Quaking Fire

The two fires being managed to achieve resource objectives near Tusayan, Ariz., remain active while the other managed fires on the Kaibab National Forest and the North Rim of Grand Canyon National Park have slowed substantially or petered out due to rain. Much of northern Arizona has received substantial precipitation over the last few days, putting a damper on the naturally-ignited fires that were being managed to improve forest health and reduce the likelihood of future high-severity fires.

The fires being managed for resource benefit on the Kaibab National Forest and the North Rim of Grand Canyon National Park are growing slowly but steadily as weather conditions vary on a daily basis. Yesterday, the fires received varying amounts of precipitation, from a heavy downpour on the Sitgreaves Complex to more light and scattered rainfall on the fires further north.

The fires being managed for resource benefit on the Kaibab National Forest and the North Rim of Grand Canyon National Park increased in activity yesterday due to drier conditions. Fire managers are hopeful that the drier weather pattern will allow the fires to continue growing and achieving resource objectives such as improving forest health and reducing the likelihood of future high-severity fires.

Widespread rain has temporarily stalled the growth of the four lightning-caused fires that are being managed to improve forest health on the Kaibab National Forest and on the North Rim of the Grand Canyon National Park.

Fire managers expect that the four fires, which have been burning since earlier this month, will continue growing and benefiting the ecosystem as drier conditions return to northern Arizona over the next few days.

With the return of monsoonal precipitation to all fires, growth and activity have slowed. Crews continue to monitor the fires and complete preparation work ahead of drier conditions forecasted to return mid-week.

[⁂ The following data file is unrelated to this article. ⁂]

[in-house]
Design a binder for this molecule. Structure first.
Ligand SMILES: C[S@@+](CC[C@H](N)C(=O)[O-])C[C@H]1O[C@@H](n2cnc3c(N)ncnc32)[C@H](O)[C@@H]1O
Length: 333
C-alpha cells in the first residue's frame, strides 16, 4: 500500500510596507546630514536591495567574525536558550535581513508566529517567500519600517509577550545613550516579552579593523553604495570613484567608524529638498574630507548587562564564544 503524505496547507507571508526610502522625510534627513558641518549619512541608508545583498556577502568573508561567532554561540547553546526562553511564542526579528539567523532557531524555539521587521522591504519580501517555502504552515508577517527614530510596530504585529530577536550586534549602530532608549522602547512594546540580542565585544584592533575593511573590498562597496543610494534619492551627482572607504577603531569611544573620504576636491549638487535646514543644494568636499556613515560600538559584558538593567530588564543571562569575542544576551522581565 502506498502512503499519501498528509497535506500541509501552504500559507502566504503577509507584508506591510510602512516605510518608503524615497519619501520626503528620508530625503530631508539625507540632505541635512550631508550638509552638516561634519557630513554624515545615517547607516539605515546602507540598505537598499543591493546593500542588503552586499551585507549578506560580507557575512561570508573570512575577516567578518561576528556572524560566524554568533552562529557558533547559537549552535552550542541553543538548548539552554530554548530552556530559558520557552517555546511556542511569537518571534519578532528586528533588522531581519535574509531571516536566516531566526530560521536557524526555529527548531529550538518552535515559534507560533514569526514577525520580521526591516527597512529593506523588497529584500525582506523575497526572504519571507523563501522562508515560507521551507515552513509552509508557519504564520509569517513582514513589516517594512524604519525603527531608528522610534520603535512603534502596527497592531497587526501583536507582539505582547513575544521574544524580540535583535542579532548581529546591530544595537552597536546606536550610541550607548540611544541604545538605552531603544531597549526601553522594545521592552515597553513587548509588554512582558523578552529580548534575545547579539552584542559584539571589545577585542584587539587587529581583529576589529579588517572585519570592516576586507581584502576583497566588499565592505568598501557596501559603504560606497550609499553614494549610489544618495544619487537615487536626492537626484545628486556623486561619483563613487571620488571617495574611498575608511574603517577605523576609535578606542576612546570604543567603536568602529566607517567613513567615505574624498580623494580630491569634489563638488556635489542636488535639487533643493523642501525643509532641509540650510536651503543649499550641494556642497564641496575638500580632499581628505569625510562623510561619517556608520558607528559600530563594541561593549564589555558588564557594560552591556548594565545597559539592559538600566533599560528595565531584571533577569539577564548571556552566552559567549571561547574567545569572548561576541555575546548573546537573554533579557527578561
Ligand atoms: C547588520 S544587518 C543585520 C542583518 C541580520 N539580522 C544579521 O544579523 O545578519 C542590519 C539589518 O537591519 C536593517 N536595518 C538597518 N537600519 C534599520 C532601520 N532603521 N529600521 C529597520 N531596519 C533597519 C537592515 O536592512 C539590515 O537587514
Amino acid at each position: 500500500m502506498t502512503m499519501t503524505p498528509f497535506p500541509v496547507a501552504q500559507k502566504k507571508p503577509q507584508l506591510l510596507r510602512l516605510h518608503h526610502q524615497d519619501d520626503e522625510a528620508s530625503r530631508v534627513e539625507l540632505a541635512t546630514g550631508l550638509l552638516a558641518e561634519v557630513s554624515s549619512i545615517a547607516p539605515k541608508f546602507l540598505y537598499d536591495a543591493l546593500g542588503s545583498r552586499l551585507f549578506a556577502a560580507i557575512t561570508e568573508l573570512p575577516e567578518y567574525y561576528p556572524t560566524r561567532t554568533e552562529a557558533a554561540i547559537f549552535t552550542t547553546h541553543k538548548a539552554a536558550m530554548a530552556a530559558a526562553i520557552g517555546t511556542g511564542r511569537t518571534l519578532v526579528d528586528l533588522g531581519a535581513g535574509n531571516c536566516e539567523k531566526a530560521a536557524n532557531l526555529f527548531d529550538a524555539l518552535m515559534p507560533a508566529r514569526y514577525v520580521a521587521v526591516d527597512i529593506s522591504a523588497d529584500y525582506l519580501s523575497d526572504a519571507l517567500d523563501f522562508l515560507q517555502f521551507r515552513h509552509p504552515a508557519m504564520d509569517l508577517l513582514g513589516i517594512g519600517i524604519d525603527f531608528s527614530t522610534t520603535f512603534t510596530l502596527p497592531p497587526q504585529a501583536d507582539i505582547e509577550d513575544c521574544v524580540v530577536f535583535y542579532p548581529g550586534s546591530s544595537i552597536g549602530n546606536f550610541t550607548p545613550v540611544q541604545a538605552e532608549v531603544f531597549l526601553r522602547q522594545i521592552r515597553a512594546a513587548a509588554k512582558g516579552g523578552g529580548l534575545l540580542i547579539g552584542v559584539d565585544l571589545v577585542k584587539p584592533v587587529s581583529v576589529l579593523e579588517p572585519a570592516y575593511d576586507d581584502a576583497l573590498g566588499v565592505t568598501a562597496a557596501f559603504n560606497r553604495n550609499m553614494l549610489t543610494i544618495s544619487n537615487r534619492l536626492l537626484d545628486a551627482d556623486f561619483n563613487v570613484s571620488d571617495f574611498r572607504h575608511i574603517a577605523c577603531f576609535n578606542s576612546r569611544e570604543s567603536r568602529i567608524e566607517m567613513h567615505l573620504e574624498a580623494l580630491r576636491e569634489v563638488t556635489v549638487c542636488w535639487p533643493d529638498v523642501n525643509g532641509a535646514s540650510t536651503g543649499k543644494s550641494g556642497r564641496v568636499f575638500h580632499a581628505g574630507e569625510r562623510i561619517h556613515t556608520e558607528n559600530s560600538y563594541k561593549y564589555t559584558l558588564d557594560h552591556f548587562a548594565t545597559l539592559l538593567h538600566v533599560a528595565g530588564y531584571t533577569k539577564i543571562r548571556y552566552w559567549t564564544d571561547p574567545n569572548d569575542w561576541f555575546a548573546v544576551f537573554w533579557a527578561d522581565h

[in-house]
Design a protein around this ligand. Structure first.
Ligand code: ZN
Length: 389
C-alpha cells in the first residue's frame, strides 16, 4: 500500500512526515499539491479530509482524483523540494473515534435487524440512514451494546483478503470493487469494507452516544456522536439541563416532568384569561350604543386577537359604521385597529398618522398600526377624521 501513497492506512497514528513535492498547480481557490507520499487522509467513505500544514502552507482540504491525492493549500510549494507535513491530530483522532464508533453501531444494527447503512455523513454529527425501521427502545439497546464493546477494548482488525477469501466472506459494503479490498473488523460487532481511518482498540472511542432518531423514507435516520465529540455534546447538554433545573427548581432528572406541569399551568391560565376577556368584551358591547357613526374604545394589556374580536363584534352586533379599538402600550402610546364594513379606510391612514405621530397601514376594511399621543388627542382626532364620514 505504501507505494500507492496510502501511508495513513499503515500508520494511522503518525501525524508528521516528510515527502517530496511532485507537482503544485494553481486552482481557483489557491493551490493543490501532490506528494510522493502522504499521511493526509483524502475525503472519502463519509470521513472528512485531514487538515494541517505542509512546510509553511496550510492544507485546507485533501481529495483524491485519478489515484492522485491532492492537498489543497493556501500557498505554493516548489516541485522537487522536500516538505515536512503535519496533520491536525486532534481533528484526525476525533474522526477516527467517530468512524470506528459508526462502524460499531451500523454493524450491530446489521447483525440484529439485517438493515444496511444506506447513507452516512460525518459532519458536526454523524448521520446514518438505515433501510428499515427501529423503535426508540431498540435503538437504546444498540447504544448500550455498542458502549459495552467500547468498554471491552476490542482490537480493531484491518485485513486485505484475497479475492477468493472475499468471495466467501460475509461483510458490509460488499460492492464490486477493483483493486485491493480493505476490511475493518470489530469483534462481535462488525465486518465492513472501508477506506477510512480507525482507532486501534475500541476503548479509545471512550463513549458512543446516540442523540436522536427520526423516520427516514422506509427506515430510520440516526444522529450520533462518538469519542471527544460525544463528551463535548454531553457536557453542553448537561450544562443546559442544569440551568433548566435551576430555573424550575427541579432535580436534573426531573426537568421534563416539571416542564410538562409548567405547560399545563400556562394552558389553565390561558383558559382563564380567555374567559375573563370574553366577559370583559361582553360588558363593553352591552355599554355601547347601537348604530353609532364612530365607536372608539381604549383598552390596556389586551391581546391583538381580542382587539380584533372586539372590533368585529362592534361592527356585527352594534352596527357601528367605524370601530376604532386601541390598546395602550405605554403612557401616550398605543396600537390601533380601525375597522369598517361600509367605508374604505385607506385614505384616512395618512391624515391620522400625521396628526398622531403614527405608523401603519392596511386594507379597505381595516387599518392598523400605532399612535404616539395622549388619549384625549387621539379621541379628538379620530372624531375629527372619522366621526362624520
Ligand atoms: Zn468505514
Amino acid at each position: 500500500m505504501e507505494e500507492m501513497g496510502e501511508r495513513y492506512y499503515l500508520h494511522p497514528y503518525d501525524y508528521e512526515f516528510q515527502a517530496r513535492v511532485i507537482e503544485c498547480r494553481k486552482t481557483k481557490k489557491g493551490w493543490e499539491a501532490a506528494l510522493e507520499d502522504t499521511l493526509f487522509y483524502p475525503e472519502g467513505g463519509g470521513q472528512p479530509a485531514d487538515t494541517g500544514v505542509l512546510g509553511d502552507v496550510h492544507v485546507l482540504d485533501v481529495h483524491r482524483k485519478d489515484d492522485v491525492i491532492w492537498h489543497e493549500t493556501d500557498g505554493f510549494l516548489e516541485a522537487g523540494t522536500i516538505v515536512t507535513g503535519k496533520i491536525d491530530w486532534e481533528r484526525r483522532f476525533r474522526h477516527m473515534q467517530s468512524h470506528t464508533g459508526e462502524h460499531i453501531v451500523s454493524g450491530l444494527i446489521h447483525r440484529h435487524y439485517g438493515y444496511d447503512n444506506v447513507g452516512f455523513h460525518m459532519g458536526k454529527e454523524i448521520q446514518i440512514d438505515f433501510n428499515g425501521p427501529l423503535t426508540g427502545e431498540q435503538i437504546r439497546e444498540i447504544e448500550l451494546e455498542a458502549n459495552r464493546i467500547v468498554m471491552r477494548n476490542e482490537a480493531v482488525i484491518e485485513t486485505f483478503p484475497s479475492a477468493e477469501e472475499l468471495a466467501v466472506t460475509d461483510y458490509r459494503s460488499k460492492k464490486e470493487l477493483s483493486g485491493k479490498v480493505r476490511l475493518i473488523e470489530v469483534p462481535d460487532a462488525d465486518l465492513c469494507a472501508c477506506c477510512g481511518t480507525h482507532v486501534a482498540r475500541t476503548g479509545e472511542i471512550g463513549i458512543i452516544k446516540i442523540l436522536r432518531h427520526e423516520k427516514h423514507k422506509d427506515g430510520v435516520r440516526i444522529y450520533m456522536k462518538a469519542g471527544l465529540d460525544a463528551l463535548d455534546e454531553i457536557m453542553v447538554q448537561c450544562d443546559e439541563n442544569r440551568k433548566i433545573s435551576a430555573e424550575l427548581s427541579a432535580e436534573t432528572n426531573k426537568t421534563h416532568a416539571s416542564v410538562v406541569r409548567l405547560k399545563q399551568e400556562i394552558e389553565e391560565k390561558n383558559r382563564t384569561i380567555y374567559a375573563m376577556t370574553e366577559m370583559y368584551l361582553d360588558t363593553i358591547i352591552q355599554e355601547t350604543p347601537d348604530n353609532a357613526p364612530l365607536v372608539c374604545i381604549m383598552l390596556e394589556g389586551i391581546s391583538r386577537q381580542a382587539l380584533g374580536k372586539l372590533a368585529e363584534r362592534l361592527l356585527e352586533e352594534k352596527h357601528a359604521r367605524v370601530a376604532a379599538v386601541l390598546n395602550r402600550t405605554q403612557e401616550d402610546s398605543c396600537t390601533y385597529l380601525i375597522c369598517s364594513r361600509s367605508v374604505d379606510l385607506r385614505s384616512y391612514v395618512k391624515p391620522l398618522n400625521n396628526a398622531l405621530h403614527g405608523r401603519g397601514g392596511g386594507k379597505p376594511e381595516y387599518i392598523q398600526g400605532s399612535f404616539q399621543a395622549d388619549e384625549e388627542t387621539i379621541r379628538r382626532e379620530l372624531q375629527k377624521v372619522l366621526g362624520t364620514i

Smoke will be much lighter today and tonight. Fire managers continue to coordinate with neighboring forests, national parks, municipal fire departments, and the Arizona Department of Environmental Quality to monitor smoke impacts.

With the return of monsoonal precipitation to all fires, growth and activity have slowed. Crews continue to monitor the fires and do preparation work ahead of drier conditions forecasted to return mid-week. Smoke will be much lighter today and tonight. Fire managers continue to coordinate with neighboring forests, national parks, municipal fire departments, and the Arizona Department of Environmental Quality to monitor smoke impacts.

Growth continued yesterday on all fires being managed for resource benefits with multiple objectives. Today crews continue to do preparation work ahead of managed ignitions and ignitions may occur on some fires. Fire managers continue to coordinate with neighboring forests, national parks, municipal fire departments, and the Arizona Department of Environmental Quality to monitor smoke impacts. For more information on smoke and air quality please visit www.azdeq.gov or www.wildlandfire.az.gov.

Yesterday, monsoonal winds pushed smoke into the Flagstaff, Sedona, and Verde Valley areas from the Sitgreaves Complex on the Kaibab National Forest near Parks, Ariz. With variable winds in the forecast, smoke is likely to drift toward these areas again for the next several days. Fire managers continue to coordinate with neighboring forests, national parks, municipal fire departments, and the Arizona Department of Environmental Quality to monitor smoke impacts.

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